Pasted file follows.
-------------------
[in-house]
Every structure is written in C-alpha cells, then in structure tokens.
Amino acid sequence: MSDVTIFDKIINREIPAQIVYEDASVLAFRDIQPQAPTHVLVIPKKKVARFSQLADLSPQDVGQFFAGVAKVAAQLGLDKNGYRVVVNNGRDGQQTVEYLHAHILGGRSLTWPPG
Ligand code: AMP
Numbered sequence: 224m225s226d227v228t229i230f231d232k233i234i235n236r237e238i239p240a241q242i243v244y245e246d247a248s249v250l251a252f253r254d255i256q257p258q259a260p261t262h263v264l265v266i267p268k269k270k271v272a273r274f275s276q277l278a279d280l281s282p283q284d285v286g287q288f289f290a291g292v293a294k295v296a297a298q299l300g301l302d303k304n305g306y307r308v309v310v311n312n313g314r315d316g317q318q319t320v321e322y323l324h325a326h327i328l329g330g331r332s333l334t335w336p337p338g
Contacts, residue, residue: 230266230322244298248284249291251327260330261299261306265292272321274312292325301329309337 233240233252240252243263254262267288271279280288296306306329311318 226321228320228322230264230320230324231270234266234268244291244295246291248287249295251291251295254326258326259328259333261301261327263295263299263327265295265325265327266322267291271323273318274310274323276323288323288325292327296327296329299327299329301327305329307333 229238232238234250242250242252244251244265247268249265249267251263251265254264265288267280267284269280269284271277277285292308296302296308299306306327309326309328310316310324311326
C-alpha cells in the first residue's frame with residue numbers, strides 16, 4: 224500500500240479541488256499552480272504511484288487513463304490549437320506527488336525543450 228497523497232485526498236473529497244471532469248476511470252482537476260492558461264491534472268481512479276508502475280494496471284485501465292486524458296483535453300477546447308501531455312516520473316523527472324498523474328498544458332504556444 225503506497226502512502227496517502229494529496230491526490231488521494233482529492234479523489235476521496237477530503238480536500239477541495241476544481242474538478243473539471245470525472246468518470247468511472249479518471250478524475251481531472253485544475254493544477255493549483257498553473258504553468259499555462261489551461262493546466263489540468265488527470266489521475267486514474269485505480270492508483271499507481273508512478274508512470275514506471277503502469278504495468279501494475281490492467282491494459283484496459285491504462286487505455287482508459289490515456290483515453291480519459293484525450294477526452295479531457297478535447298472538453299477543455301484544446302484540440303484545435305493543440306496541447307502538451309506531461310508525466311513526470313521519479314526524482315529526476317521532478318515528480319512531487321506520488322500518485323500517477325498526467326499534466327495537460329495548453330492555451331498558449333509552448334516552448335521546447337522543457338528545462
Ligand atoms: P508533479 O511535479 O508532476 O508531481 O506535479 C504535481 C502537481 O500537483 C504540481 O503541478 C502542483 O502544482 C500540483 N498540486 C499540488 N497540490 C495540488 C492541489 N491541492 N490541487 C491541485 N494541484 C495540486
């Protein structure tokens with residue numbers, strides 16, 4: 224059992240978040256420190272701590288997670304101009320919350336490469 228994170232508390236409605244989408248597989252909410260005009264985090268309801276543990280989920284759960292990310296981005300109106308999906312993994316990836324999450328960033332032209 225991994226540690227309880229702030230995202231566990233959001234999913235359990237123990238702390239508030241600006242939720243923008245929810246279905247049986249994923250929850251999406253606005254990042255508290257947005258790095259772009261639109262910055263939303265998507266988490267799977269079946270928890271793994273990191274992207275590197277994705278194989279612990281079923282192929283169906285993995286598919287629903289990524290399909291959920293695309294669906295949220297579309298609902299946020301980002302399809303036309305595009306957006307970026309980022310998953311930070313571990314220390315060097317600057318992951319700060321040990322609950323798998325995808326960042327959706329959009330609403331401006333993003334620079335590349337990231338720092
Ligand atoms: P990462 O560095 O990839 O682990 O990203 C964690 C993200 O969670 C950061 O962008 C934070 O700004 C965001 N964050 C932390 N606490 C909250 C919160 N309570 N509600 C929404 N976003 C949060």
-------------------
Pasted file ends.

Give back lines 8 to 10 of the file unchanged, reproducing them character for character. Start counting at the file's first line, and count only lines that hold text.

Ligand atoms: P508533479 O511535479 O508532476 O508531481 O506535479 C504535481 C502537481 O500537483 C504540481 O503541478 C502542483 O502544482 C500540483 N498540486 C499540488 N497540490 C495540488 C492541489 N491541492 N490541487 C491541485 N494541484 C495540486
């Protein structure tokens with residue numbers, strides 16, 4: 224059992240978040256420190272701590288997670304101009320919350336490469 228994170232508390236409605244989408248597989252909410260005009264985090268309801276543990280989920284759960292990310296981005300109106308999906312993994316990836324999450328960033332032209 225991994226540690227309880229702030230995202231566990233959001234999913235359990237123990238702390239508030241600006242939720243923008245929810246279905247049986249994923250929850251999406253606005254990042255508290257947005258790095259772009261639109262910055263939303265998507266988490267799977269079946270928890271793994273990191274992207275590197277994705278194989279612990281079923282192929283169906285993995286598919287629903289990524290399909291959920293695309294669906295949220297579309298609902299946020301980002302399809303036309305595009306957006307970026309980022310998953311930070313571990314220390315060097317600057318992951319700060321040990322609950323798998325995808326960042327959706329959009330609403331401006333993003334620079335590349337990231338720092
Ligand atoms: P990462 O560095 O990839 O682990 O990203 C964690 C993200 O969670 C950061 O962008 C934070 O700004 C965001 N964050 C932390 N606490 C909250 C919160 N309570 N509600 C929404 N976003 C949060």